“One Day at a Time”
“It’s about my sobriety. That’s always an exercise in self-analysis. It’s about how did I go from a teenager who liked to drink a few beers on the weekends with his friends to someone with a full-blown problem. That song follows how it escalated into heavy drinking and drug use to hitting rock bottom and coming out the other side a little wiser about the situation. It’s from a bird’s eye view hovering above it all and trying to figure out it all went wrong.
“It’s being in my mid-30s and looking back and thinking it’s my fault. The hardest thing is to accept blame. It’s something my 20-year-old self would never do. As I get older, I try to break down the relationship between the listener and myself and make things as raw and honest as possible. They can apply that sheer honesty to their personal lives. It’s me raising my hand and saying that I did as much as anyone to fuck this thing up.”
“Work Conquers All”
“It’s the state motto of Oklahoma. It’s such a rad motto. It’s one I can get behind and that’s the work ethic of this band and what we’ve built this thing on for the past 12 years. When we started recording in Oklahoma, I realized I had to include that on the album in some capacity. If you don’t like where you’re at, go out and find your place in the world. No harm has ever been done from working hard. That song echoes that sentiment. I was taken aback by how cool a motto that is.”
“I Gave Up Drinking”
“I don’t write too many playful songs. I write extremely serious songs and upbeat rockers. I don’t write many smirkish, playful songs. I took a card out of the John Prine playbook. I want the listener to listen to the narrator who’s singing with a little bit of a smirk on his face. I wanted to write a Waylon honky-tonk drinking anthem about not drinking. That’s what that is. It’s a hat tip to the ‘70s cosmic country stuff that I fell in love with as a kid. It’s about singing about a theme in country music but in the opposite way we’re used to hearing about it. Country music is all about the whiskey and the late nights and the road. This song is about walking away from that stuff for another theme in country music, which is true love."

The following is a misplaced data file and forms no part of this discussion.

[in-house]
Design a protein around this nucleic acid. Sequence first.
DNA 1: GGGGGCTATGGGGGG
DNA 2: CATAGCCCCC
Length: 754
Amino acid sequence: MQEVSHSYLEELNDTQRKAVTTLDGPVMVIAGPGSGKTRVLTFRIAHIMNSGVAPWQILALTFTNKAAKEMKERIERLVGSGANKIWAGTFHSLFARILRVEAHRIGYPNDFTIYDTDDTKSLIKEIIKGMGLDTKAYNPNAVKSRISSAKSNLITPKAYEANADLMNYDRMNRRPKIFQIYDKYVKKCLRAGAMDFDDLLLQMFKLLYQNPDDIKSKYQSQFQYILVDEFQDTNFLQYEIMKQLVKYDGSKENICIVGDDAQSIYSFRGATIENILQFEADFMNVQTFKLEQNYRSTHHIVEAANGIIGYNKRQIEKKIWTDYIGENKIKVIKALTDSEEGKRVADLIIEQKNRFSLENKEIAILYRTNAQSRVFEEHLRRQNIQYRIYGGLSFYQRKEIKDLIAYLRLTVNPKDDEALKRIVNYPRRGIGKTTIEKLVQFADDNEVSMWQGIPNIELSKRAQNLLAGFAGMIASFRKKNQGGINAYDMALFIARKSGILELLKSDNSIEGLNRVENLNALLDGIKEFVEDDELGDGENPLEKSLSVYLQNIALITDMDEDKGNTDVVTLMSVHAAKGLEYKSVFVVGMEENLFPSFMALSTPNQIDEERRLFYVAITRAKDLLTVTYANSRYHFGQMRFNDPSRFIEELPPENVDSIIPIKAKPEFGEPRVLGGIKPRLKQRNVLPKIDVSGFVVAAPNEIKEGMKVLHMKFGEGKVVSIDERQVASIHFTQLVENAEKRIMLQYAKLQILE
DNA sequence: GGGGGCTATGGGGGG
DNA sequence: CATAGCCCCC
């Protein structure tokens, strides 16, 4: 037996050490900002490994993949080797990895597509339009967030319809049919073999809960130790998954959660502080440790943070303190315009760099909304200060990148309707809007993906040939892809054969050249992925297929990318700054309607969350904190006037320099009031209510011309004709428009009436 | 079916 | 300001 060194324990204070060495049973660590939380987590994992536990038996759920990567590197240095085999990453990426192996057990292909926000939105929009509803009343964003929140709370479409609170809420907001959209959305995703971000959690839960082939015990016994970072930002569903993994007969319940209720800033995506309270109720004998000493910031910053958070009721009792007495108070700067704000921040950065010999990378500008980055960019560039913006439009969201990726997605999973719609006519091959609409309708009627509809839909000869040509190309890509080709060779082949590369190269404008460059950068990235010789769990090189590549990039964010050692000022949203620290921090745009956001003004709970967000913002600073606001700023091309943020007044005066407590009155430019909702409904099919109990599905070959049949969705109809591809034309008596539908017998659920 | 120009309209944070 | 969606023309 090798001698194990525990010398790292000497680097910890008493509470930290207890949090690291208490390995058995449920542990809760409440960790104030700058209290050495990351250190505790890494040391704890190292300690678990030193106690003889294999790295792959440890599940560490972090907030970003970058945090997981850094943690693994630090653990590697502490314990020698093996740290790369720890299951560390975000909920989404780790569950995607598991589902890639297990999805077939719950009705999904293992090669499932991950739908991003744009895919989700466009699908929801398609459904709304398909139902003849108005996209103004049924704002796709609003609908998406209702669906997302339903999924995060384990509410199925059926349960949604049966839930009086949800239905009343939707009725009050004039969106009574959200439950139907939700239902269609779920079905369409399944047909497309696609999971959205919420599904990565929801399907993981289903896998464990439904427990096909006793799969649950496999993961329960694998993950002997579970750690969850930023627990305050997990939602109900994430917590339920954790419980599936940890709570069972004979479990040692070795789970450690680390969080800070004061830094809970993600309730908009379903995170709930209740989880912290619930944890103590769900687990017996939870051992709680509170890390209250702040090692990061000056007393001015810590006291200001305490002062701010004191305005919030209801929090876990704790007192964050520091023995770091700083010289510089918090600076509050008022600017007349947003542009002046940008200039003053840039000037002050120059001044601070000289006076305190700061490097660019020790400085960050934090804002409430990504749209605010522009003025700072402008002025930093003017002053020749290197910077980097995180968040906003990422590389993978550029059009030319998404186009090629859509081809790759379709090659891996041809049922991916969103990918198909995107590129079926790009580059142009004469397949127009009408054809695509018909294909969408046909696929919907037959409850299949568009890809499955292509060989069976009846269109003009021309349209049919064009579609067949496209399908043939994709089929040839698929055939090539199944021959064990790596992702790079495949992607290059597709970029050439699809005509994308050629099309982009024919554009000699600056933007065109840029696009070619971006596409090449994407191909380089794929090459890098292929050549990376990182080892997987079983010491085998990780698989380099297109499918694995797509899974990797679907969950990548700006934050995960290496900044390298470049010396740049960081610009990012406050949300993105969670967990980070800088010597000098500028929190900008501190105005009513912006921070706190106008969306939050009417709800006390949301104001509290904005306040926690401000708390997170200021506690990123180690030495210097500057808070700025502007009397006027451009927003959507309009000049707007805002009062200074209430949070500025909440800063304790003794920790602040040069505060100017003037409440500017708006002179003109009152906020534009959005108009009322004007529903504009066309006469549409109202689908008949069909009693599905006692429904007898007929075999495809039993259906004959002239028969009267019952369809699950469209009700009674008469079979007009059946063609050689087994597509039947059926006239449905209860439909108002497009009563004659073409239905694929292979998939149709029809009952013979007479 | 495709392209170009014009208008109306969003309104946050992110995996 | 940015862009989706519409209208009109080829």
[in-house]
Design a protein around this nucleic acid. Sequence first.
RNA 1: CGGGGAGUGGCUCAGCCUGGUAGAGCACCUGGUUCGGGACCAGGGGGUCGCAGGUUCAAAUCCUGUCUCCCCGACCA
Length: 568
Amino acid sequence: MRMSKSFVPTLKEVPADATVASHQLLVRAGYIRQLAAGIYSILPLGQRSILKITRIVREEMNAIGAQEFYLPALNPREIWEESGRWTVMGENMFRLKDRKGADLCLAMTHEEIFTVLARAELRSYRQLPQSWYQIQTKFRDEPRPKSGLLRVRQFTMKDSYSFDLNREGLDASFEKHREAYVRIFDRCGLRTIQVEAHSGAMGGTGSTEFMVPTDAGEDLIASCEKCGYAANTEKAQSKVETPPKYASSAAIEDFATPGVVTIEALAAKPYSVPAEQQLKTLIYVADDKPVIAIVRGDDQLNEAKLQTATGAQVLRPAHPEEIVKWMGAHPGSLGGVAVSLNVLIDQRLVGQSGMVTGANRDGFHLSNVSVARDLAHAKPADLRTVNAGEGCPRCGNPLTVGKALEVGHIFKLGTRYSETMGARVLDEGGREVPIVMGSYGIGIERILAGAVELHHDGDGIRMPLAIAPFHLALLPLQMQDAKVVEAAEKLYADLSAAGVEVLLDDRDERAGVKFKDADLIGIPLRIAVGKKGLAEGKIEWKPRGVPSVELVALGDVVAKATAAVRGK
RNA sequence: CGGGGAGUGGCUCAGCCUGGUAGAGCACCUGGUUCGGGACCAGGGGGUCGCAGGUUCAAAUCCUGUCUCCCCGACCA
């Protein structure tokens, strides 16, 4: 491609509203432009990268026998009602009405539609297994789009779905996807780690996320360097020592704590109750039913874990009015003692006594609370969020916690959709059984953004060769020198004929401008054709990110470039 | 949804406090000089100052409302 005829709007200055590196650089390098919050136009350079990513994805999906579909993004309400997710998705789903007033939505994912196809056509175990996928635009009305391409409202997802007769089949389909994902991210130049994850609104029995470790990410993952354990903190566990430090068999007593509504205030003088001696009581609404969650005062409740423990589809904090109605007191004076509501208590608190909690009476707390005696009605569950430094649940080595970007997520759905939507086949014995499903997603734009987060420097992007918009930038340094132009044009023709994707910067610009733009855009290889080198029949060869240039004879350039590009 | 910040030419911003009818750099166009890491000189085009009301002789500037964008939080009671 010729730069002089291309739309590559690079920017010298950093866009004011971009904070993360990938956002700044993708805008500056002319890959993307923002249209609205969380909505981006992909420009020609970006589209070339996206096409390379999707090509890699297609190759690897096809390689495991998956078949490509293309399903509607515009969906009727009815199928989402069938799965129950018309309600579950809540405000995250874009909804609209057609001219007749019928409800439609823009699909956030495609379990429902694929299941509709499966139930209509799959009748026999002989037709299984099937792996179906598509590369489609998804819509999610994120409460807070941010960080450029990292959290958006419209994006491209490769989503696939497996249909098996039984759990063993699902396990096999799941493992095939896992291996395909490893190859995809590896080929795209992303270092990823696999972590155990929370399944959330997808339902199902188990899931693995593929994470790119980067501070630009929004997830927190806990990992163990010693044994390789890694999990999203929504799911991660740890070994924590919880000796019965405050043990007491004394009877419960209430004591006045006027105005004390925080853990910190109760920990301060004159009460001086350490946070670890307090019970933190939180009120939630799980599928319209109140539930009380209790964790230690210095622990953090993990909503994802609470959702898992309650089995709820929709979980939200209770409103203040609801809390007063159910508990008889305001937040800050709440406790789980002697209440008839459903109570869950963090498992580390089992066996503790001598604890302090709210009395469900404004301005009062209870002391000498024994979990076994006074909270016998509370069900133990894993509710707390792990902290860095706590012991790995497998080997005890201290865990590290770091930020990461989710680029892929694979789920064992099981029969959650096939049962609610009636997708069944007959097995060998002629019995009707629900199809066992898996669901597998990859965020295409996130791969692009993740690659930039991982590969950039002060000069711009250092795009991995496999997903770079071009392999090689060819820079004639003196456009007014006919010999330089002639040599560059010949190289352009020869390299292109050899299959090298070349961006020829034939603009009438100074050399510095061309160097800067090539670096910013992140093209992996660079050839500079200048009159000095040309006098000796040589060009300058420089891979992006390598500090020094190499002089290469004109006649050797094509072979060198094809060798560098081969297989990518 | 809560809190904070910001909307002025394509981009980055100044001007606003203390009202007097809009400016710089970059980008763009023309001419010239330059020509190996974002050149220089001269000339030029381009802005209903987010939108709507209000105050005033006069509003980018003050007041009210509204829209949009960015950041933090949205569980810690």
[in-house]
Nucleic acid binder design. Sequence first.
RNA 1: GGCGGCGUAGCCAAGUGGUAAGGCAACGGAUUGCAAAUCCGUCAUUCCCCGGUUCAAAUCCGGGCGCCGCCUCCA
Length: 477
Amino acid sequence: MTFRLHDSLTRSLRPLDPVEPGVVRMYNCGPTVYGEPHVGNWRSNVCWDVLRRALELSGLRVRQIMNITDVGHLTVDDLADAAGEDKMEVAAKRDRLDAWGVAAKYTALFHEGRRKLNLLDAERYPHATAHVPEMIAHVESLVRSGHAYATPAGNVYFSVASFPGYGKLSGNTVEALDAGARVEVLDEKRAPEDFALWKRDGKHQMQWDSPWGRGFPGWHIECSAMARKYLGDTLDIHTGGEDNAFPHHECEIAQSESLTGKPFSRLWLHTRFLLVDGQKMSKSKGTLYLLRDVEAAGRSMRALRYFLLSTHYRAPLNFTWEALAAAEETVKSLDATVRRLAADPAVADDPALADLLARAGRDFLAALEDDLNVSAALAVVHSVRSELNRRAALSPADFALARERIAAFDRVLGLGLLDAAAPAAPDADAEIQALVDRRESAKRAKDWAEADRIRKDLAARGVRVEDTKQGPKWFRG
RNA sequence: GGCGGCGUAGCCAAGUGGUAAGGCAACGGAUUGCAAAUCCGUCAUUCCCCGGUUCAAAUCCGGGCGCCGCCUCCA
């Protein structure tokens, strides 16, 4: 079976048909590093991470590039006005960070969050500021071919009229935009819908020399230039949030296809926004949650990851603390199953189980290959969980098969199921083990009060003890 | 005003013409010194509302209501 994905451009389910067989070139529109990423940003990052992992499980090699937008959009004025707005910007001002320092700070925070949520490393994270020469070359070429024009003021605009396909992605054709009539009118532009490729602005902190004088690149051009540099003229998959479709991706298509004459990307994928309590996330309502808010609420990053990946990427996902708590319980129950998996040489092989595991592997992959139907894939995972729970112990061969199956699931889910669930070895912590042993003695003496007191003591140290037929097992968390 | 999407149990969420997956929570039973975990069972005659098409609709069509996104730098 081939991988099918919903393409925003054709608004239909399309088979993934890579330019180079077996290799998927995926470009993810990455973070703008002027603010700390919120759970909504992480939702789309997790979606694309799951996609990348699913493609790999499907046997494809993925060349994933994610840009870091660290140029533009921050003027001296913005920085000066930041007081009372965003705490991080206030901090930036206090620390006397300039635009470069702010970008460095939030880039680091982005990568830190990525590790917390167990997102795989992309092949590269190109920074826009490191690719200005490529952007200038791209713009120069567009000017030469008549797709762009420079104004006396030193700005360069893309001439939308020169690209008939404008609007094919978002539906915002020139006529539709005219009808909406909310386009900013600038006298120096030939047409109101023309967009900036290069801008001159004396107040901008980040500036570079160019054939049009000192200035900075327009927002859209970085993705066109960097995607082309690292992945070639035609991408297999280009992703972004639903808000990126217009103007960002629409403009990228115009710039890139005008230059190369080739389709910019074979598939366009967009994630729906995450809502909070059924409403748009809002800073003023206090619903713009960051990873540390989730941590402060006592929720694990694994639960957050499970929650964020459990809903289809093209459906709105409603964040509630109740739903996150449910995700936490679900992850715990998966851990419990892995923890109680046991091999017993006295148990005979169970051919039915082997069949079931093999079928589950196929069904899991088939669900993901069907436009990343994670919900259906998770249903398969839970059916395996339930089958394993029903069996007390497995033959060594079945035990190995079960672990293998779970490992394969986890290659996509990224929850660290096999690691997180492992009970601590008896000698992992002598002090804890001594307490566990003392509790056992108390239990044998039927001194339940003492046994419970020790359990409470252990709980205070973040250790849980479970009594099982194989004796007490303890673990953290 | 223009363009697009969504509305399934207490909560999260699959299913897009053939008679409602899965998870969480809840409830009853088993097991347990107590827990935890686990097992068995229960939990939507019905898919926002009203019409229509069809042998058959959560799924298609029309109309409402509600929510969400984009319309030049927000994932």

“Shadows of You”
“It wouldn’t be an American Aquarium record without a sad bastard break up song. That’s a song that analyzes having something and then losing something and then realizing what you lost. The first side is a super rock record. The second side is an homage to the country music i was brought up. It’s almost like a classic country waltz in the vein of Willie Nelson. It’s about having that person no matter where you go.”
“Til the Final Curtain Falls”
“The name alone would have warned you this song is the closer. This record is about things that change. I wanted to leave the record with something that doesn’t change, which is me and my wife’s relationship. This is an eternal love song. The first verse is a show business-based thing. It’s ‘I’m going to love you until the show’s over.’ The third verse is that no matter where we go after this, I’ll be right there with you. I wanted to end on something constant. The one thing that doesn’t change for me is the thing that I can invest my faith in. That’s my wife. She’s the one person who hasn’t left. She watched the election with me and brought my daughter into the world. It ends on the one thing that can’t change, which is the love for my wife.”
American Aquarium, Corey Branan, 8 p.m. Thursday, June 7, Beachland Ballroom, 15711 Waterloo Rd., 216-383-1124. Tickets: $15, beachlandballroom.com.